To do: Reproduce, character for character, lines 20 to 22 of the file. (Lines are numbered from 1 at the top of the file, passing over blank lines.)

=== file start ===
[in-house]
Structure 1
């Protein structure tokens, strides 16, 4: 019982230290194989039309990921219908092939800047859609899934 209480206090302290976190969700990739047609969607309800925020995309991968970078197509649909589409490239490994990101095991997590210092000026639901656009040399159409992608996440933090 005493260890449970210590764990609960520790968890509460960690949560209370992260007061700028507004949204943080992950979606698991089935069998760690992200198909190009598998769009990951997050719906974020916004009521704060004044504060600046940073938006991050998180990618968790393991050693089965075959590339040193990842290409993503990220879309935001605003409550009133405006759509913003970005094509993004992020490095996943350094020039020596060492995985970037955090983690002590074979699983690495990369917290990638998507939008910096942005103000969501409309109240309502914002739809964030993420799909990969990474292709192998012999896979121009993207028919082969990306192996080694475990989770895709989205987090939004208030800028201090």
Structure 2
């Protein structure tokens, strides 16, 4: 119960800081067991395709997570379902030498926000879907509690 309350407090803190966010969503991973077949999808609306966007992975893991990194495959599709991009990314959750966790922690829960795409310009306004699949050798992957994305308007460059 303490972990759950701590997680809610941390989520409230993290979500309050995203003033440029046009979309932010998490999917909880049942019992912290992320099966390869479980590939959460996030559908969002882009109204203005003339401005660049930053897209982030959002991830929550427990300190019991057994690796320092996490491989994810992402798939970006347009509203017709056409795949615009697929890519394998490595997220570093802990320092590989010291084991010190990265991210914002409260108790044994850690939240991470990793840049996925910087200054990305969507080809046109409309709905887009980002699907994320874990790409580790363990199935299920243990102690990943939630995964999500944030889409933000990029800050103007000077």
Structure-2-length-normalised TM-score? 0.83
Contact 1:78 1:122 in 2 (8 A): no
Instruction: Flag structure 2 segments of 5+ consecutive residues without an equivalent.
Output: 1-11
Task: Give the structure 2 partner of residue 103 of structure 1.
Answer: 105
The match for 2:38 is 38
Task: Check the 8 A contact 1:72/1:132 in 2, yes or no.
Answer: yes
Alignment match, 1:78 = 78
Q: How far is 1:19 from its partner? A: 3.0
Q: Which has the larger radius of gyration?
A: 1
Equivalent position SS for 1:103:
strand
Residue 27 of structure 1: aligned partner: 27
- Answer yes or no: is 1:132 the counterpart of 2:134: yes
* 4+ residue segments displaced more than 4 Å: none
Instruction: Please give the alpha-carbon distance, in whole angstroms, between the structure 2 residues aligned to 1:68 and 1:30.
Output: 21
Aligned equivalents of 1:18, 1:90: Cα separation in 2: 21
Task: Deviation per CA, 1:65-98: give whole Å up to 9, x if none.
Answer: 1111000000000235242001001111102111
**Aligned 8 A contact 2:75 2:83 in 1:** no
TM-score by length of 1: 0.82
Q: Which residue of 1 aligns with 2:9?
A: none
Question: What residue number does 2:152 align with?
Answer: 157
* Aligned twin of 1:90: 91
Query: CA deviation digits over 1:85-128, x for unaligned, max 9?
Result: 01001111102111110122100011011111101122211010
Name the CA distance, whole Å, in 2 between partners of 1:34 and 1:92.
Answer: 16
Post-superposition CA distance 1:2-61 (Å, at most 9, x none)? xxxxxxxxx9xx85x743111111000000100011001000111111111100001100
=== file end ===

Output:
strand
Residue 27 of structure 1: aligned partner: 27
- Answer yes or no: is 1:132 the counterpart of 2:134: yes